Metcalfe has also planted the seeds of entrepreneurial thinking in hundreds of students through the Longhorn Startup Lab, Dyer said.
“We’ve had a number of teams go on to become companies,” Dyer said.
Burpy, a grocery delivery service, Lynx Labs, 3D camera imaging startup, Clay.io, an online gaming platform and MicroMulsion, which is developing microgels for cell cultures and landed an investment from Billionaire Mark Cuban, are just a few of the companies to launch out of Longhorn Startup Lab.
Since Metcalfe joined UT, there’s been a groundswell of interest in entrepreneurial activities across the campus with organizations like Founders Group and Longhorn Entrepreneurship Agency, Dyer said.
“The real impact of our program is something we can measure in ten or fifteen years when one of our students starts a multi-billion company and puts his or her name on a building,” Dyer said.
Metcalfe and Dyer are contemporaries in the microcomputer revolution that occurred in the late ‘70s. While Metcalfe built 3Com, Dyer hunkered down in Atlanta creating Peachtree Software. Amazingly, the two never met until they both ended up at UT.
“Bob is always teaching,” Dyer said. “Every time I’m around him I learn something.”
And he’s a prolific social media poster on Twitter and Facebook, Dyer said.
“Bob can out Tweet me,” Dyer said.
Metcalfe has more than 17,500 followers on Twitter and has posted more than 17,500 Tweets since joining in 2009.
Metcalfe is also always learning, Dyer said. In 2013, he completed a Massive Open Online Course, known as MOOC, from MIT: Introduction to Computer Science and Programming in 2013 with his son. He has also done two “Ask Me Anything” sessions on Reddit.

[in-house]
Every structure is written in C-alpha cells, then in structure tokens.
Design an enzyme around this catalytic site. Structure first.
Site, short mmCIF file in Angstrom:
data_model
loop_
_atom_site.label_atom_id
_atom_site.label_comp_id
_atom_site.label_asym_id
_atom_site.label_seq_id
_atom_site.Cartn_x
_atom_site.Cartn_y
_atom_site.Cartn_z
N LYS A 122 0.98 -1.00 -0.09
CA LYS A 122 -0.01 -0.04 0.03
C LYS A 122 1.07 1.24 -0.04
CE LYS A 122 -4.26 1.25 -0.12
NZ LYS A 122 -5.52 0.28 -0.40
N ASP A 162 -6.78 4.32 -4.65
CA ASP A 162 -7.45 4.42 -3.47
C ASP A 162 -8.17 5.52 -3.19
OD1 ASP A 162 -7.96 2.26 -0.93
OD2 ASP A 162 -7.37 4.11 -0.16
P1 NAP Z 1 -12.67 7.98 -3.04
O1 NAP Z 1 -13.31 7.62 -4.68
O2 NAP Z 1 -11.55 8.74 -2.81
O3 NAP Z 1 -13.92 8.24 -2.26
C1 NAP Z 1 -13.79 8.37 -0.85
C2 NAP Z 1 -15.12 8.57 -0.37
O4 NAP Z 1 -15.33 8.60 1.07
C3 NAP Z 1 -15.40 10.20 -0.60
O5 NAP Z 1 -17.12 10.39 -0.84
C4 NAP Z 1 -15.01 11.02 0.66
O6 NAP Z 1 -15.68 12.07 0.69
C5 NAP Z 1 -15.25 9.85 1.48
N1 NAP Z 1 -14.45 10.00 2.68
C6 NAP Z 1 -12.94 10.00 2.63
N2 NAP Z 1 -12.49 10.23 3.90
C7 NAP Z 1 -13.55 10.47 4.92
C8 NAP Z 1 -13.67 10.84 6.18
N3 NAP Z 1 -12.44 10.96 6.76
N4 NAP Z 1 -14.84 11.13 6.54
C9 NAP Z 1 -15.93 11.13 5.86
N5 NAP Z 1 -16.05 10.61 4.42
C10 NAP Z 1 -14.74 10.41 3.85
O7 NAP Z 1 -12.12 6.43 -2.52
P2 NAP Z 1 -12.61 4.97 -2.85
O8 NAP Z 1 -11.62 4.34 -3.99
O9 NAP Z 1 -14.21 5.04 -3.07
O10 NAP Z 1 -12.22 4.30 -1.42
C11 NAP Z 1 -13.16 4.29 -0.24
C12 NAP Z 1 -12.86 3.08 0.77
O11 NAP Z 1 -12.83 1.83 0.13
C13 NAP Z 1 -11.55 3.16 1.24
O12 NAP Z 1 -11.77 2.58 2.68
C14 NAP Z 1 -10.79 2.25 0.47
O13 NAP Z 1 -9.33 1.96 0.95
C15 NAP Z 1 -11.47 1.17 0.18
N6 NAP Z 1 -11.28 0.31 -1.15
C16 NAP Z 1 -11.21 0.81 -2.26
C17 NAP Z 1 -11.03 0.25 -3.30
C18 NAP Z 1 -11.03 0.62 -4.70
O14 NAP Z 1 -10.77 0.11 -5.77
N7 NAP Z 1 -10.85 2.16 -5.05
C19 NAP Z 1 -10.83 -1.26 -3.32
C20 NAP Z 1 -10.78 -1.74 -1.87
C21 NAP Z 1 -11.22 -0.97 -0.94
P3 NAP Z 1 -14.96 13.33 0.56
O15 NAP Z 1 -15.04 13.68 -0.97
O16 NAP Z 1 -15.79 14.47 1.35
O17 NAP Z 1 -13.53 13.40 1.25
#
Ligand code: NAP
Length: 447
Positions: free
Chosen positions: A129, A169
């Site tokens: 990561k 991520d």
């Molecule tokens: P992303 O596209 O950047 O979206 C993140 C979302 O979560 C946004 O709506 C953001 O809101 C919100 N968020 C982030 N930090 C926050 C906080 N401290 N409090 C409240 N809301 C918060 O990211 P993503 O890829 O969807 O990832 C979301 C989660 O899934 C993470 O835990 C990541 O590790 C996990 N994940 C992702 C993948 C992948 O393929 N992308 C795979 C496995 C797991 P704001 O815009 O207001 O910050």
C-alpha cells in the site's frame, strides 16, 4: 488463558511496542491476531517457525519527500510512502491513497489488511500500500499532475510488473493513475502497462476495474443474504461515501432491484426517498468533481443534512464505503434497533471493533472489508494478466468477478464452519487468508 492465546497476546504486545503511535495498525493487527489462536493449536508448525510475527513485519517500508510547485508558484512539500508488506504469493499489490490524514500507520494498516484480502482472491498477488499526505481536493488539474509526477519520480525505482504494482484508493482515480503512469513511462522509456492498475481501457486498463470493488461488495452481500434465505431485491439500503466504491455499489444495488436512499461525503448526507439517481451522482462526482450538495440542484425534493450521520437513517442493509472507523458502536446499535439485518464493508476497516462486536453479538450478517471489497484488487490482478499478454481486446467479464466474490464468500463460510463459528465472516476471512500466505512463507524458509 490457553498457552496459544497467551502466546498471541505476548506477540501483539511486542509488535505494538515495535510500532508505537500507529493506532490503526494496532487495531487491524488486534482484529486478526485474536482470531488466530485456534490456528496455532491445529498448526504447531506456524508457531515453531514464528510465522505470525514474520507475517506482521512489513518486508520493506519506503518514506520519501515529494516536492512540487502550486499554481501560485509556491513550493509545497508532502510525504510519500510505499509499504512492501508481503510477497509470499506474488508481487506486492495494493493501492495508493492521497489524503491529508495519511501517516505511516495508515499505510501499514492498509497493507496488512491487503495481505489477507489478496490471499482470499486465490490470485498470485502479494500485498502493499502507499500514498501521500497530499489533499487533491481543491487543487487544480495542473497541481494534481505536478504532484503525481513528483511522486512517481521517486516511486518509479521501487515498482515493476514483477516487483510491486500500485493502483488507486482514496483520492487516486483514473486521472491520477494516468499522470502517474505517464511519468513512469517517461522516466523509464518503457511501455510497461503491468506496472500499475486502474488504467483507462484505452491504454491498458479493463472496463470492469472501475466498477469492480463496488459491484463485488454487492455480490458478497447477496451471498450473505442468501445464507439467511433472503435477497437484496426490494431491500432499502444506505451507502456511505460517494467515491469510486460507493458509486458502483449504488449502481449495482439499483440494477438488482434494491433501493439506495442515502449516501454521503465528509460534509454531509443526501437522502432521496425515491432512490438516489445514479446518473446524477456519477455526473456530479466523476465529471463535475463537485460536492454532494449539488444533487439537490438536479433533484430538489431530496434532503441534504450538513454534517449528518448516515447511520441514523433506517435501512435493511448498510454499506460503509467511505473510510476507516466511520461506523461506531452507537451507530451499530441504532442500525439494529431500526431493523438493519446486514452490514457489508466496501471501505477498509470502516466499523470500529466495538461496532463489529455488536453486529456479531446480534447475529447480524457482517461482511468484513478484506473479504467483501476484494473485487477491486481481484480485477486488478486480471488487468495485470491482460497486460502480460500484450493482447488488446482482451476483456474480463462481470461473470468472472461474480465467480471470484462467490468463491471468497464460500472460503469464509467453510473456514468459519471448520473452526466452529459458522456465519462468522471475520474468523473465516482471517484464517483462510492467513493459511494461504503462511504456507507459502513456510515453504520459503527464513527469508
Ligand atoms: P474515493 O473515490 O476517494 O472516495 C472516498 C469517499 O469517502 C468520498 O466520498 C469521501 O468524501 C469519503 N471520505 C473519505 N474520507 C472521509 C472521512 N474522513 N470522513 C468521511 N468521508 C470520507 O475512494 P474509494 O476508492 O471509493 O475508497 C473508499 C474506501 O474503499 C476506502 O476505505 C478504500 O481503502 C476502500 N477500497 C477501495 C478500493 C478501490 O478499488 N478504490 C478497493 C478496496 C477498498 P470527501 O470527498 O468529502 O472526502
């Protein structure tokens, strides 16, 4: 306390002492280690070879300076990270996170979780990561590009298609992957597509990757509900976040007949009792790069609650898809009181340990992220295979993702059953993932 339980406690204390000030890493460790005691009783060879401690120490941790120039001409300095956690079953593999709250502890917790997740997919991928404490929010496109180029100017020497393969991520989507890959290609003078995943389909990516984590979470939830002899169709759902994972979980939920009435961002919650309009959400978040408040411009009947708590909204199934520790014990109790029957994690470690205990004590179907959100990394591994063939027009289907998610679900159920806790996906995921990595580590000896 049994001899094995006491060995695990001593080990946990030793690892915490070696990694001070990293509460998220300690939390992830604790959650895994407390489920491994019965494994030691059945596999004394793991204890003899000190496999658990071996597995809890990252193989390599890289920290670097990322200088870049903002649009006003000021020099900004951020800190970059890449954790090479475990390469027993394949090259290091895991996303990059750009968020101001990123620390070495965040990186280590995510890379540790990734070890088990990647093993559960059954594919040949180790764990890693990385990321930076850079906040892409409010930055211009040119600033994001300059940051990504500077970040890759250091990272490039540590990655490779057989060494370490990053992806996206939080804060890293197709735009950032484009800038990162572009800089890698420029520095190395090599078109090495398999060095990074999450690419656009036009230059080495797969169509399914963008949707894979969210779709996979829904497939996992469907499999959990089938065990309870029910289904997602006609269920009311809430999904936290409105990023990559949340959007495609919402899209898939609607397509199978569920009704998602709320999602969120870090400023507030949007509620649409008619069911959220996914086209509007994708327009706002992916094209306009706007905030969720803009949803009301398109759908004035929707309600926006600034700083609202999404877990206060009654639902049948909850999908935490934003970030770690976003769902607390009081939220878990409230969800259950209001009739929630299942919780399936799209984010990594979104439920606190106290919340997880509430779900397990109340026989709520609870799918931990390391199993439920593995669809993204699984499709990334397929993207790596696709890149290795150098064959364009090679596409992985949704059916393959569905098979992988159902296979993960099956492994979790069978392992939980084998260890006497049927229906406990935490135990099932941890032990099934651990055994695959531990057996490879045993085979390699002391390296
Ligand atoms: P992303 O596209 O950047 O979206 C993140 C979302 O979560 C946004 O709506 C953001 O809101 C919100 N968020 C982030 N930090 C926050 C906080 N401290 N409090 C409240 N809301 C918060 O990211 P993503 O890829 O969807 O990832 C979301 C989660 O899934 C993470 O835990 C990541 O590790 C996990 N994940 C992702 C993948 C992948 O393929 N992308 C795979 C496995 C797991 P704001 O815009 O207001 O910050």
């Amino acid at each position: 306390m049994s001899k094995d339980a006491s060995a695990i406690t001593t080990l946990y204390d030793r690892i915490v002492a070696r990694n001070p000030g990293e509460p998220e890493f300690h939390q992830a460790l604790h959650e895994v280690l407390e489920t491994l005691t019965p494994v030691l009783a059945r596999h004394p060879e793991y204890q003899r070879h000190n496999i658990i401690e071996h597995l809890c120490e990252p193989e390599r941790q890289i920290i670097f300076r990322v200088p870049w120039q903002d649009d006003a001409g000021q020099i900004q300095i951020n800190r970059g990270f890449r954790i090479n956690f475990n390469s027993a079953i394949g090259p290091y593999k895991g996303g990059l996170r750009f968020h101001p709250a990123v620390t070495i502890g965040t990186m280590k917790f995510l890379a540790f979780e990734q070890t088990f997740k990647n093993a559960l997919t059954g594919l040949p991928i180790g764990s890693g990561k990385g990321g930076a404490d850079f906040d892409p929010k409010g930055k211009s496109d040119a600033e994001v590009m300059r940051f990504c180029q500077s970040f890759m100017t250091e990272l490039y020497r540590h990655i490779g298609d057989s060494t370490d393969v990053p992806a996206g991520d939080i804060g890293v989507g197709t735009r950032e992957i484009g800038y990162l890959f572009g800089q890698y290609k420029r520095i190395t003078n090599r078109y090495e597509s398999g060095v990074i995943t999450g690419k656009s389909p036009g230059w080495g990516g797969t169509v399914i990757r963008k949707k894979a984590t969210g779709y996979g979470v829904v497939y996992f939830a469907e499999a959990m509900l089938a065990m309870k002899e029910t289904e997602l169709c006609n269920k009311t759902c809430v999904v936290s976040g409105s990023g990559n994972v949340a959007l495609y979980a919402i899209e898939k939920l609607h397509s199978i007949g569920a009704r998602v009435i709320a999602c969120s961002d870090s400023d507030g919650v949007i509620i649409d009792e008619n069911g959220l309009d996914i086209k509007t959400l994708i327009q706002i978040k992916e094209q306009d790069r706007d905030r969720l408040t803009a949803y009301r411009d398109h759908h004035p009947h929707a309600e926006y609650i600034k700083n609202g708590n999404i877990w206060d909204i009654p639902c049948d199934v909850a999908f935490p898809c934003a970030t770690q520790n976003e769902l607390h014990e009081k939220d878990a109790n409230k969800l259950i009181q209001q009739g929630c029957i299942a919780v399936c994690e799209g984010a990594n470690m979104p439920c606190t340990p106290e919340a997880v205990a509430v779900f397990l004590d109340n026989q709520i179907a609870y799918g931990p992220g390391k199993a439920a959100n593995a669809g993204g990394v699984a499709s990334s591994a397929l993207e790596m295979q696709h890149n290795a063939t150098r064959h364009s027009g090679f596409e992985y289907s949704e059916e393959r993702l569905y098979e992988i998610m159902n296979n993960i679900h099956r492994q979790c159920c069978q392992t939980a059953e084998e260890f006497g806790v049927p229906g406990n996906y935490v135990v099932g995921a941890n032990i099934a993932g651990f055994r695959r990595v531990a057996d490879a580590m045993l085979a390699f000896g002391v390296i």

And Metcalfe has a great sense of humor.
“Every time I go to a football game with him he reminds me has four years left of eligibility for a tight end position,” Dyer said.
Metcalfe is a huge fan of Longhorn sports and often attends football and basketball games. He also tweets about the women’s volleyball team and other sports to show his support.
“He does have a great gift of nonstop curiosity about things,” Dyer said. “He’s got great energy. He also has a willingness to show up and be counted. And he’s actually engaged in everything he attends. He gets mentality focused on it and participates.”
Metcalfe is so accessible and he’s happy to talk to lots of different people, Baer said.
“The biggest impact he has made is just inspiring people,” Baer said. “He listens to students, believes in them and encourages them. That makes a big difference in affecting thousands of students at the University of Texas.
He lives life to the fullest, Baer said.
“I love that he is still going full speed,” he said. “He hasn’t slowed down at all by having a few gray hairs.”
In the summer, Metcalfe hosts several male friends on an Island property he owns off the coast of Maine for “Big Boys Camp.” Metcalfe said he has been criticized for only inviting men, but the U.S. Constitution gives him the right to do that. His wife also has her own “Big Girls Camp.”
Baer has attended the Big Boys camp. Garza and Larry Walker from Austin have also been there for week of camping.
“He’s an organizer and he brings people together,” Baer said. “Personally one of the things I really appreciate about him, he is the person I turn to when I don’t know what to do. He’s not afraid to call bullshit on me. That’s a really valuable thing to have in life. Constructive feedback.”